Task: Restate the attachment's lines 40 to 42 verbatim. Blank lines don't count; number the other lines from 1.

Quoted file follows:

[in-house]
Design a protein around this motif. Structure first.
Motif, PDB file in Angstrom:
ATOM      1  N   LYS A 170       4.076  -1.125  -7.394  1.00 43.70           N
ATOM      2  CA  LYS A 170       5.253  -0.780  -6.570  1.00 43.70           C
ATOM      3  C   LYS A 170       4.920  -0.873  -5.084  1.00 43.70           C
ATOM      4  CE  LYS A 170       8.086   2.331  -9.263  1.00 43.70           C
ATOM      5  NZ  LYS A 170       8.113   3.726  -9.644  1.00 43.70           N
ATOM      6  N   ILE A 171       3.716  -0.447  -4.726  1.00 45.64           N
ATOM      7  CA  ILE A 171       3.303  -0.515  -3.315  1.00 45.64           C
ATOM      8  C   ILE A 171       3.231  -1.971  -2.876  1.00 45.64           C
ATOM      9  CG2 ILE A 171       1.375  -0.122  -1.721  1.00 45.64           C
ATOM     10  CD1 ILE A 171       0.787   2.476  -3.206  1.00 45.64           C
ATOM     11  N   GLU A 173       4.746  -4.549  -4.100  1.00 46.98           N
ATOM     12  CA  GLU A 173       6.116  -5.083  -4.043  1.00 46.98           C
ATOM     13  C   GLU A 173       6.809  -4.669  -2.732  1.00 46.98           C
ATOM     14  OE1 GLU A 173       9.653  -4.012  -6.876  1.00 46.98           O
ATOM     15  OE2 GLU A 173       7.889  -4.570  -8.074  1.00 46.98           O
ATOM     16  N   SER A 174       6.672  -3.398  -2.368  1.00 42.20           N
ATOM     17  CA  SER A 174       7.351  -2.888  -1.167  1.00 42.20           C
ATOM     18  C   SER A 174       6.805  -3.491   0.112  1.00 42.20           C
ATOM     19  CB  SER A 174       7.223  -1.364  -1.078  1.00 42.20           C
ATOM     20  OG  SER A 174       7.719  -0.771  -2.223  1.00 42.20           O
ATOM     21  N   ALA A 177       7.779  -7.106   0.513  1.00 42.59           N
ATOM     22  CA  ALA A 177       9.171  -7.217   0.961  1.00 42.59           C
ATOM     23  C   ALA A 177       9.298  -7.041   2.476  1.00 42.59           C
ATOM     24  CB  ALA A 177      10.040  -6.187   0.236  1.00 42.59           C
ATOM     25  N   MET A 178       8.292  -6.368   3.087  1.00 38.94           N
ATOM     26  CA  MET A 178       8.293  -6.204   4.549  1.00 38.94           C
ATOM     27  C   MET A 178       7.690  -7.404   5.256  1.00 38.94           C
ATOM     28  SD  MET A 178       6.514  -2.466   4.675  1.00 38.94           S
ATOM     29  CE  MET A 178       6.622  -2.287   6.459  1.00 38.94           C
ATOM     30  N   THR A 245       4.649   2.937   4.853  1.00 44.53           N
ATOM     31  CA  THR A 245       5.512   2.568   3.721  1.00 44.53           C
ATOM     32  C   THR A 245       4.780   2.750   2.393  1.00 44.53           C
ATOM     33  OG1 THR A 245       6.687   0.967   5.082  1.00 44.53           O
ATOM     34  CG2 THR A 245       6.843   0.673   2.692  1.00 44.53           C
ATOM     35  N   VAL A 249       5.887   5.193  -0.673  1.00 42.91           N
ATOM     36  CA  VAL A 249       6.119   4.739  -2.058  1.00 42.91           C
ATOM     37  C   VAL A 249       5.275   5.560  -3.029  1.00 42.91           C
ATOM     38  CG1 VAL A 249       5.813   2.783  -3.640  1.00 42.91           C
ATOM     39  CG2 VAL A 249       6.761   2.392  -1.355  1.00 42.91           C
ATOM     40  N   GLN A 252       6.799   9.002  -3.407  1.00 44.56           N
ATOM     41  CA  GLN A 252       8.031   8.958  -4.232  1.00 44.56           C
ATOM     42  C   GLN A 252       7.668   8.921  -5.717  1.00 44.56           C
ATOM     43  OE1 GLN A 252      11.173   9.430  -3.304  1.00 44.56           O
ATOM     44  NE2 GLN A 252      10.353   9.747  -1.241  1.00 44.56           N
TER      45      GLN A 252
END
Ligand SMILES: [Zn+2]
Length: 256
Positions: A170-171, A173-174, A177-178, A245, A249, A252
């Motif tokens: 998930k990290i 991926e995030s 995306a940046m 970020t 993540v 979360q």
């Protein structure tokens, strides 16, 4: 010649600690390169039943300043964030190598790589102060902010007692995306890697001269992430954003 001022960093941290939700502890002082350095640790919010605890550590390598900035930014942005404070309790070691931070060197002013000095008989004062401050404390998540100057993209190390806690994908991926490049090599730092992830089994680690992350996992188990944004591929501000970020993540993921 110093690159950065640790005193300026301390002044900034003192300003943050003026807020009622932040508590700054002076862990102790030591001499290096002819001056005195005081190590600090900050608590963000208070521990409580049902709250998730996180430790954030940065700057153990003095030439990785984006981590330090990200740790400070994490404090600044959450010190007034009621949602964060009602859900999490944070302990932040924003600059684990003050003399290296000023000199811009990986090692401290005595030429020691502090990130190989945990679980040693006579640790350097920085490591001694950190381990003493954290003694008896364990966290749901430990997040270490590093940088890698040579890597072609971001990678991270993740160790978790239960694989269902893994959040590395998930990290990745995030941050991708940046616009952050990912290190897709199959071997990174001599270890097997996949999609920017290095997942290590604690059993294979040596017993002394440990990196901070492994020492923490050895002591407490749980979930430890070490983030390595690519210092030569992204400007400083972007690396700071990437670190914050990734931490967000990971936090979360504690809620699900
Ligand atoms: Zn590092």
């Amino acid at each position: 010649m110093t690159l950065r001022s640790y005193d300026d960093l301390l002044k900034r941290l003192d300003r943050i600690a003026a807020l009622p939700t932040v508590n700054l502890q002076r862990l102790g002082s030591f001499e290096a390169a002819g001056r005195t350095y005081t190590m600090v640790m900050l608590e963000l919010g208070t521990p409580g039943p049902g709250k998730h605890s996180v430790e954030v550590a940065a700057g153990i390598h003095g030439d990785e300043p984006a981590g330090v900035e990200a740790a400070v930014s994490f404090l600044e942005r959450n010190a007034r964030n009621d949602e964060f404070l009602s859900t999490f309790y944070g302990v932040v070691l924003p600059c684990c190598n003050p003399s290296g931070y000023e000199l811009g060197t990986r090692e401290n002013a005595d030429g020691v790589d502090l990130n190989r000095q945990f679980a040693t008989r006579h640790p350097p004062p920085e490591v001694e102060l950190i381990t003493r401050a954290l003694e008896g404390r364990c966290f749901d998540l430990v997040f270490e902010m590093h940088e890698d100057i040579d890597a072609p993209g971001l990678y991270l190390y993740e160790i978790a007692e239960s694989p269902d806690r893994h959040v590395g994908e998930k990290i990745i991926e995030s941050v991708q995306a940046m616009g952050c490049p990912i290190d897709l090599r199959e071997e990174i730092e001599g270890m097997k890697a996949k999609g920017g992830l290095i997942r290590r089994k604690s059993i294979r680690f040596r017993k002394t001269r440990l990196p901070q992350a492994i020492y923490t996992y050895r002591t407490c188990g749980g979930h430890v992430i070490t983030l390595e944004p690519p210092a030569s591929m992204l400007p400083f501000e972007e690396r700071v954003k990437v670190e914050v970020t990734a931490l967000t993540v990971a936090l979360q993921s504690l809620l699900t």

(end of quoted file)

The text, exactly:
ATOM     37  C   VAL A 249       5.275   5.560  -3.029  1.00 42.91           C
ATOM     38  CG1 VAL A 249       5.813   2.783  -3.640  1.00 42.91           C
ATOM     39  CG2 VAL A 249       6.761   2.392  -1.355  1.00 42.91           C